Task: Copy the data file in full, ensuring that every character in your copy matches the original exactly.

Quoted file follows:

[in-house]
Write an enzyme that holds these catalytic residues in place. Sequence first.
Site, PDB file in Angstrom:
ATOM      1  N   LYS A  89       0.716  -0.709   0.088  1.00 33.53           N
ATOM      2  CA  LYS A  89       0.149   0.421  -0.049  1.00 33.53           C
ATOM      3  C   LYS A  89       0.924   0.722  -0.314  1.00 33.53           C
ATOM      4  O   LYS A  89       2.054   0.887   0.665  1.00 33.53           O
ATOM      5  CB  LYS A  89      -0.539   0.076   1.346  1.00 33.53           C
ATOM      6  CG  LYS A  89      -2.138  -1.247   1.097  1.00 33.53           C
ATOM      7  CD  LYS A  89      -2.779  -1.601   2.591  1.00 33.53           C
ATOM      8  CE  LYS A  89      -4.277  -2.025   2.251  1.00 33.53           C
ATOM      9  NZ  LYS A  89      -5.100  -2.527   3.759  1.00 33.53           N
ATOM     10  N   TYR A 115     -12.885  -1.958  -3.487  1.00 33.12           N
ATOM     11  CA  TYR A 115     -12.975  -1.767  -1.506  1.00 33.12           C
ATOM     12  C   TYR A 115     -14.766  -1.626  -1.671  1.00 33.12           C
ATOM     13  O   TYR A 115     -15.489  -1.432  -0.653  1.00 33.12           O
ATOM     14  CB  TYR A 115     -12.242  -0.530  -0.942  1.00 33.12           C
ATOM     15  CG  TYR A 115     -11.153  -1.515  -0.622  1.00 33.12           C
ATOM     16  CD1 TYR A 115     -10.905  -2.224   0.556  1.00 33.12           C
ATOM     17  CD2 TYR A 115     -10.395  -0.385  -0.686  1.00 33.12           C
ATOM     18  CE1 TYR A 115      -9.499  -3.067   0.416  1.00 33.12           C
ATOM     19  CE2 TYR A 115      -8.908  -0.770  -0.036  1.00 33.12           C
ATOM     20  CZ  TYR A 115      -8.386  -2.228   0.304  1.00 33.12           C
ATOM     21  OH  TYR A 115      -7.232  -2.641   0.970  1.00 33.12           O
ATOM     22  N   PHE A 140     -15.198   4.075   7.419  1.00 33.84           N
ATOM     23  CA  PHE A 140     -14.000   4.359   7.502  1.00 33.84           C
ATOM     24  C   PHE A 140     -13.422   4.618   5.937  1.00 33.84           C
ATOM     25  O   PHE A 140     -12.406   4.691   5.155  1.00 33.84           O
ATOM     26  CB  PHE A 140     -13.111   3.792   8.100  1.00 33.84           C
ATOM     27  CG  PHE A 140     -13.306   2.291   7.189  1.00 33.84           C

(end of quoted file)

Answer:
[in-house]
Write an enzyme that holds these catalytic residues in place. Sequence first.
Site, PDB file in Angstrom:
ATOM      1  N   LYS A  89       0.716  -0.709   0.088  1.00 33.53           N
ATOM      2  CA  LYS A  89       0.149   0.421  -0.049  1.00 33.53           C
ATOM      3  C   LYS A  89       0.924   0.722  -0.314  1.00 33.53           C
ATOM      4  O   LYS A  89       2.054   0.887   0.665  1.00 33.53           O
ATOM      5  CB  LYS A  89      -0.539   0.076   1.346  1.00 33.53           C
ATOM      6  CG  LYS A  89      -2.138  -1.247   1.097  1.00 33.53           C
ATOM      7  CD  LYS A  89      -2.779  -1.601   2.591  1.00 33.53           C
ATOM      8  CE  LYS A  89      -4.277  -2.025   2.251  1.00 33.53           C
ATOM      9  NZ  LYS A  89      -5.100  -2.527   3.759  1.00 33.53           N
ATOM     10  N   TYR A 115     -12.885  -1.958  -3.487  1.00 33.12           N
ATOM     11  CA  TYR A 115     -12.975  -1.767  -1.506  1.00 33.12           C
ATOM     12  C   TYR A 115     -14.766  -1.626  -1.671  1.00 33.12           C
ATOM     13  O   TYR A 115     -15.489  -1.432  -0.653  1.00 33.12           O
ATOM     14  CB  TYR A 115     -12.242  -0.530  -0.942  1.00 33.12           C
ATOM     15  CG  TYR A 115     -11.153  -1.515  -0.622  1.00 33.12           C
ATOM     16  CD1 TYR A 115     -10.905  -2.224   0.556  1.00 33.12           C
ATOM     17  CD2 TYR A 115     -10.395  -0.385  -0.686  1.00 33.12           C
ATOM     18  CE1 TYR A 115      -9.499  -3.067   0.416  1.00 33.12           C
ATOM     19  CE2 TYR A 115      -8.908  -0.770  -0.036  1.00 33.12           C
ATOM     20  CZ  TYR A 115      -8.386  -2.228   0.304  1.00 33.12           C
ATOM     21  OH  TYR A 115      -7.232  -2.641   0.970  1.00 33.12           O
ATOM     22  N   PHE A 140     -15.198   4.075   7.419  1.00 33.84           N
ATOM     23  CA  PHE A 140     -14.000   4.359   7.502  1.00 33.84           C
ATOM     24  C   PHE A 140     -13.422   4.618   5.937  1.00 33.84           C
ATOM     25  O   PHE A 140     -12.406   4.691   5.155  1.00 33.84           O
ATOM     26  CB  PHE A 140     -13.111   3.792   8.100  1.00 33.84           C
ATOM     27  CG  PHE A 140     -13.306   2.291   7.189  1.00 33.84           C